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How Yogurt Brand Noosa Thrived By Cancelling Its Biggest Retail Deal The brand's first big break nearly broke it. But it also taught Noosa an important lesson about growing at the right pace.

By Jason Feifer

entrepreneur daily

Introducing our new podcast, Problem Solvers with Jason Feifer, which features business owners and CEOs who went through a crippling business problem and came out the other side happy, wealthy, and growing. Feifer, Entrepreneur's editor in chief, spotlights these stories so other business can avoid the same hardships. Listen below or click here to read more shownotes.

Koel Thomae thought retail was simple: When a major chain wants to carry your product, you say yes. So that's what she did in 2011, when a New York City retailer courted her Colorado-­based yogurt brand, Noosa. "We felt it was a great opportunity," she says, "and just blindly went into this without any critical eye on how complex it could be." Never mind that Noosa, an Australian-style creamy and sweet yogurt, had been founded only a year earlier and, despite a solid start, was still a largely local brand. Or that Thomae, a former supply chain manager at a beverage company, had never launched a business before. This, she figured, was her ticket to the big time.

Ten months later, Noosa had lost $100,000.

"That was a massive hit to both our cash flow position," she says, "and our egos." She had to pull out of the deal. But the experience taught her an important lesson: A company doesn't just need growth—it needs the right growth, and it should only take opportunities it's prepared for. To pull that off, Noosa couldn't distribute itself willy-nilly. It would need a proactive, strategic plan.

Related: What to Do When Your Product Goes From Beloved to Hated on Amazon

The first step was to talk to other food companies about their own expansion strategies. This helped Thomae diagnose what went wrong in New York. For example, she learned that she'd found an incompatible retailer—the kind that expects by-the-book delivery processes, will reject shipments that are even a smidge late, and attracts customers that buy mostly mainstream brands. Some other retailers are more encouraging of small brands and forgiving of shipment problems, and attract customers who like trying new things. Going forward, she'd need to find partners like those.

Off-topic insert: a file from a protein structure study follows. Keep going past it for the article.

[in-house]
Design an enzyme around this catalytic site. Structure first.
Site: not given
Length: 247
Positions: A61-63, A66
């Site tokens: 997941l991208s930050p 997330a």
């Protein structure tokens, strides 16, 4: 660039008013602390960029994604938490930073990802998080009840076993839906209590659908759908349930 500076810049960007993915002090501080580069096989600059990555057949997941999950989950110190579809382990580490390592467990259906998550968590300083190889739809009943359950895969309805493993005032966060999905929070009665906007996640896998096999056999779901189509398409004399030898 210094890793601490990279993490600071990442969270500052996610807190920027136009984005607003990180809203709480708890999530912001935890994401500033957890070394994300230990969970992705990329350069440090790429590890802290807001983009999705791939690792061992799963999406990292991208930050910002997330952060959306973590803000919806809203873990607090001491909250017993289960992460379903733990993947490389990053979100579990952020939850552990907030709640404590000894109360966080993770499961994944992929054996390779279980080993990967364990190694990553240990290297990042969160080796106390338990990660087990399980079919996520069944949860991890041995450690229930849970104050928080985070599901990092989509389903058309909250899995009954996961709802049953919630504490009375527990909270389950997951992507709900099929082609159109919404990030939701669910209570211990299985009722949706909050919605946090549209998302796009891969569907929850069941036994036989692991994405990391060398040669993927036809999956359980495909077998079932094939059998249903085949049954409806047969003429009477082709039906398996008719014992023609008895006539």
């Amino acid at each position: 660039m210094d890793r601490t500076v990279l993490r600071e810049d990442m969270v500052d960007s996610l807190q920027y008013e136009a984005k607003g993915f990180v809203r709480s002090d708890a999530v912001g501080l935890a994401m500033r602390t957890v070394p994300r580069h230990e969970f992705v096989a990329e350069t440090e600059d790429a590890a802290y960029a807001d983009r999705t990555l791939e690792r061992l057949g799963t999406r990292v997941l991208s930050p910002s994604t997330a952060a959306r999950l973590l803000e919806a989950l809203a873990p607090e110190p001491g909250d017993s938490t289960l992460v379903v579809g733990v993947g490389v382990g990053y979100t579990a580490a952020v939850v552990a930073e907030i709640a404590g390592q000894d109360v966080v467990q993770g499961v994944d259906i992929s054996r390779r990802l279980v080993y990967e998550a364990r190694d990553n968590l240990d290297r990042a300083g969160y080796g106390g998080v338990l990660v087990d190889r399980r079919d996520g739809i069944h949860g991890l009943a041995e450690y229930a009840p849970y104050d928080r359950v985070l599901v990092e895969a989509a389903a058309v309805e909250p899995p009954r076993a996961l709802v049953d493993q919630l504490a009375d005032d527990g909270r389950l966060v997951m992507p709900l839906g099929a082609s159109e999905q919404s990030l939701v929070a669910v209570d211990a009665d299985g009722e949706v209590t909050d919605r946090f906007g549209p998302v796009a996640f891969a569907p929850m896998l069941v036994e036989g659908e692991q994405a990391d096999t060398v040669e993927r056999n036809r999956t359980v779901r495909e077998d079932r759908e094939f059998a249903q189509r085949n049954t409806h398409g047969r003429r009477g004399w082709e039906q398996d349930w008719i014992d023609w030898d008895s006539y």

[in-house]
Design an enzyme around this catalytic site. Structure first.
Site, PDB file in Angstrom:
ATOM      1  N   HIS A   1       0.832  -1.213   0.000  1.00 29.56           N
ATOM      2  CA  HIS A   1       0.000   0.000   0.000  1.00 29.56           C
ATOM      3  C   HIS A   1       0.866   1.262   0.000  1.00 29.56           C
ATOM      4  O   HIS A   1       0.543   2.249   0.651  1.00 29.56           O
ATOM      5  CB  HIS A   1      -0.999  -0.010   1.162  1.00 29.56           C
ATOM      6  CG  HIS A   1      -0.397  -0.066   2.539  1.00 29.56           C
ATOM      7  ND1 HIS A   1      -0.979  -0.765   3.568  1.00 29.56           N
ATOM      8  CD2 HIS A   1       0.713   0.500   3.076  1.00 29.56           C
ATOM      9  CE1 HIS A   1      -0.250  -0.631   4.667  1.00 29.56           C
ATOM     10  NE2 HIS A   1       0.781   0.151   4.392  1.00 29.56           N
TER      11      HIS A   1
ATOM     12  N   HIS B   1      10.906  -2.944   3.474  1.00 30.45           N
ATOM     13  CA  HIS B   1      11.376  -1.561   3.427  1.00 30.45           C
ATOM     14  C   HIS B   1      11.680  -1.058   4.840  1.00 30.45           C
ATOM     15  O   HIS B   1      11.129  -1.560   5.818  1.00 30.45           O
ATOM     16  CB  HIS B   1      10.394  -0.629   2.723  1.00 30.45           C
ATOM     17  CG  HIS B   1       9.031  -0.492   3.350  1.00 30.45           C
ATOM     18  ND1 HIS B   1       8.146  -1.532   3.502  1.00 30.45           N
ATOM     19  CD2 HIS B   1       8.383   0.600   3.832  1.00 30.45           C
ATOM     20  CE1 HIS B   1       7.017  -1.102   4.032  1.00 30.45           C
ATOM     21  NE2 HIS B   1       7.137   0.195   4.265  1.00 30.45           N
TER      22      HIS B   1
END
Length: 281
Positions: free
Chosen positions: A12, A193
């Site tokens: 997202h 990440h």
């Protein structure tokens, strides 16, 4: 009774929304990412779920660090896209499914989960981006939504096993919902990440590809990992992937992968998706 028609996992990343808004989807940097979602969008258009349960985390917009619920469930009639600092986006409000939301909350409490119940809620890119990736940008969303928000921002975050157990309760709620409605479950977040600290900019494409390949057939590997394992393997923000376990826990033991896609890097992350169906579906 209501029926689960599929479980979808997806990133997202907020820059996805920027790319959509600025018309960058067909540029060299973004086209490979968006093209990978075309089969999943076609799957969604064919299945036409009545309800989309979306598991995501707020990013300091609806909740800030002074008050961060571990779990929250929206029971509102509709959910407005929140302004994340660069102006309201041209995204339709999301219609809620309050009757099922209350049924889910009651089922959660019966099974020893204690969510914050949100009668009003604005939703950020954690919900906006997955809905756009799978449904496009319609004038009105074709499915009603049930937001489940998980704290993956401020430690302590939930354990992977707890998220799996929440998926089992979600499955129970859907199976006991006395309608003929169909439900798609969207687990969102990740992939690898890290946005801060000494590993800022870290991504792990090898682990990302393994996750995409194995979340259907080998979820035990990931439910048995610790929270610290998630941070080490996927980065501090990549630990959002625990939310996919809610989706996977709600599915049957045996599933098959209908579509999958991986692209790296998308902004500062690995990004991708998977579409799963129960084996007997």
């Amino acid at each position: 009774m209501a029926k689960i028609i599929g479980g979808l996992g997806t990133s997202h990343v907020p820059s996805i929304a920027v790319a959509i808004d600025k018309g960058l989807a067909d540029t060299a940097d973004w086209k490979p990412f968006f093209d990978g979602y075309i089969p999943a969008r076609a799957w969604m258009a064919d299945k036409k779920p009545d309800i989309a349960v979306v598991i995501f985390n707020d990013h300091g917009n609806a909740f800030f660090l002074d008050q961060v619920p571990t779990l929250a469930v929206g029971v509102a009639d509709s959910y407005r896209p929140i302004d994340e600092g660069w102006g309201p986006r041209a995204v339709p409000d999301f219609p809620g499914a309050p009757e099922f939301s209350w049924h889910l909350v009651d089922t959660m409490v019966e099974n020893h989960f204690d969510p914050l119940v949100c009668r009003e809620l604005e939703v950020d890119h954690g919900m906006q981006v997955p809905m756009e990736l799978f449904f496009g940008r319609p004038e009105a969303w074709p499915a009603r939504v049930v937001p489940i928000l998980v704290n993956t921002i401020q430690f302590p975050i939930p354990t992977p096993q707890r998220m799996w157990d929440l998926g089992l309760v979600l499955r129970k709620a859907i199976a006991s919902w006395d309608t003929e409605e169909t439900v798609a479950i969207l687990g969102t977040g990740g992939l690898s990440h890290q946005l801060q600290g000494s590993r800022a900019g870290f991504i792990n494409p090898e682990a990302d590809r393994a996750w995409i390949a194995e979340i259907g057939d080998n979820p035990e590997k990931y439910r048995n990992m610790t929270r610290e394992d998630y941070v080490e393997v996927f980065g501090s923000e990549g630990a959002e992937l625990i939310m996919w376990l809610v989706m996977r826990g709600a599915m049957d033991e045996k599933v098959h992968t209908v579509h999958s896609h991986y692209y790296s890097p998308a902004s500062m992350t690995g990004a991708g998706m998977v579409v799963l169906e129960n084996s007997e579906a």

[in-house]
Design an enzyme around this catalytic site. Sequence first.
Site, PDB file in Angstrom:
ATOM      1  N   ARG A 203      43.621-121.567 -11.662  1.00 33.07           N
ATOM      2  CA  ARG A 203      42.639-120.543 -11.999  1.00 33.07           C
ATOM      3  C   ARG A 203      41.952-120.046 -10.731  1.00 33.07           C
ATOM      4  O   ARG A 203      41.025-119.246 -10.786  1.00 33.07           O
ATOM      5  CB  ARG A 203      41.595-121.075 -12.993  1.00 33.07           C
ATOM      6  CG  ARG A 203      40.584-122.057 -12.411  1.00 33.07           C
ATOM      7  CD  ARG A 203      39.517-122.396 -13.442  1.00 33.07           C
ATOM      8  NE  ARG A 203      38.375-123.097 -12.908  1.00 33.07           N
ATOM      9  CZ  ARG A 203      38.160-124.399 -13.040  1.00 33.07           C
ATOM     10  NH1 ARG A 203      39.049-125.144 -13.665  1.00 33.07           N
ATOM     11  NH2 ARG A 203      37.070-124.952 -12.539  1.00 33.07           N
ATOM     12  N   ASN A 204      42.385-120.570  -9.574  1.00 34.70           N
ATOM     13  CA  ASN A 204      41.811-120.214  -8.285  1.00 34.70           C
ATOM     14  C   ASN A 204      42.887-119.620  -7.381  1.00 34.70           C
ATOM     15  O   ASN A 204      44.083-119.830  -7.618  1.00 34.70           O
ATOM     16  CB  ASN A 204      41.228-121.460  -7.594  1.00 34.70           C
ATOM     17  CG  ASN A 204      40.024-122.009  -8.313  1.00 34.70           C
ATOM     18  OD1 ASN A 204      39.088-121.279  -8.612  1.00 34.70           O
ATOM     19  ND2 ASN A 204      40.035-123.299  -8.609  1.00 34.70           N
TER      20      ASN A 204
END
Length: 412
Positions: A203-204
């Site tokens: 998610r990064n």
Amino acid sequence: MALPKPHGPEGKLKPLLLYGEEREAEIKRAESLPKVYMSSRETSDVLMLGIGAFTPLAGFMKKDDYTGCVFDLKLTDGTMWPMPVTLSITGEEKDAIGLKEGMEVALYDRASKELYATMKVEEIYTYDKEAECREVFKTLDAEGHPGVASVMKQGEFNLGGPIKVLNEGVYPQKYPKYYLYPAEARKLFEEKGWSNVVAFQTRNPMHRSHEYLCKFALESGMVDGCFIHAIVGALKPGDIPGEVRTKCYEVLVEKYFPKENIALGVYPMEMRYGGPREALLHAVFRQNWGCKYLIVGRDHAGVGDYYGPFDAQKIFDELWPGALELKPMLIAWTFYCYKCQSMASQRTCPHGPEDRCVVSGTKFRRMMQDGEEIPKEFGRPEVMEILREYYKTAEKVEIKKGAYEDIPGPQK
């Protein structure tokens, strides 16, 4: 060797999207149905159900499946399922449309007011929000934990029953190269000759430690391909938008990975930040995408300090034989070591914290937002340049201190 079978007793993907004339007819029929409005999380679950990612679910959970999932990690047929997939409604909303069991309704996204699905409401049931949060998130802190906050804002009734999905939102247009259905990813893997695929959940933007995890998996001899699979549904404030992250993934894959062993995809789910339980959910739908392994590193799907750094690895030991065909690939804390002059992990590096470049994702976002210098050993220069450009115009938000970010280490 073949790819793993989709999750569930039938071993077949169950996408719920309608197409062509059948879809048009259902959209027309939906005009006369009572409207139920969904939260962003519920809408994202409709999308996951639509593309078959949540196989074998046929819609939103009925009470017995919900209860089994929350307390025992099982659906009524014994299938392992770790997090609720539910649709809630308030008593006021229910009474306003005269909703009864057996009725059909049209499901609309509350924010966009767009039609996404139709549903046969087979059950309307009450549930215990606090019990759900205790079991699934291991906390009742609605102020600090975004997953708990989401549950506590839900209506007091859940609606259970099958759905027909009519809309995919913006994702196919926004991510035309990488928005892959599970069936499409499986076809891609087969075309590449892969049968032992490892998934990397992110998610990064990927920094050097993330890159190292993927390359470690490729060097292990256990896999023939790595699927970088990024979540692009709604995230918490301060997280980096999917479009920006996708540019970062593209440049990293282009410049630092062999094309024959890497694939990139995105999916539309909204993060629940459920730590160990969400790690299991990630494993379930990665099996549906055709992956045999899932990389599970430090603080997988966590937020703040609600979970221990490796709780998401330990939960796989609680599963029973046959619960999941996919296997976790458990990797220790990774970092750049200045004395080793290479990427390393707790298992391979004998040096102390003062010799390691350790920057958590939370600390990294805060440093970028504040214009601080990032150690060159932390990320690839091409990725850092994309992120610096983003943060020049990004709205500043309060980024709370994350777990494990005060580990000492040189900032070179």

She also learned that Noosa couldn't simply appear on shelves and expect to sell. In-store samplings only work so much. In order to gain traction, Noosa would need to build a larger presence anywhere it went—appearing in multiple retailers, and marketing throughout the city.

Related: This Entrepreneur Learned That When You Try Making 'Something For Everyone,' You Attract Nobody

"We couldn't afford to be everywhere at once," Thomae says. It was crazy to even try. So instead, Noosa decided to expand regionally—moving strongly into one nearby area until it found success, and then carrying that momentum to somewhere nearby. It started at Safeway in Northern California and heavily invested in promotions with across-town sampling and guerrilla marketing teams. Then it moved outward, covering the Pacific Northwest.

In 2014, after two years of strategic expansion, Noosa hit a crossroads. It had proven the market for its yogurt and was on track to do $100 million in sales, but it was also maxing out its production facility and occasionally running out of supply. "Retail partners understandably have a short fuse with these types of growing pains," Thomae says. So Noosa took investment from the private equity firm Advent International—helping it increase production, hire new talent, and then expand more aggressively.

Among its newly funded expansion plans: Noosa took another crack at New York. This time, it hired a boutique distributor who knew every big store and little bodega in town. "I did ride-alongs," Thomae says. "You grow a very thick skin from that experience. They are tough!" But they were also interested.

Today Noosa is doing more than $170 million in annual sales across 25,000 retail locations nationwide—and that includes the New York City retailer she had to pull out of seven years earlier. Noosa is back. And this time, it's ready to sell.

In this episode of Problem Solvers, we walk through what Noosa learned from its retail disaster -- and how it learned to slow down, be strategic, and plan for long-term success. Listen below or subscribe on iTunes, Google Play,or wherever you get your podcasts.

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Jason Feifer

Entrepreneur Staff

Editor in Chief

Jason Feifer is the editor in chief of Entrepreneur magazine and host of the podcast Problem Solvers. Outside of Entrepreneur, he is the author of the book Build For Tomorrow, which helps readers find new opportunities in times of change, and co-hosts the podcast Help Wanted, where he helps solve listeners' work problems. He also writes a newsletter called One Thing Better, which each week gives you one better way to build a career or company you love.

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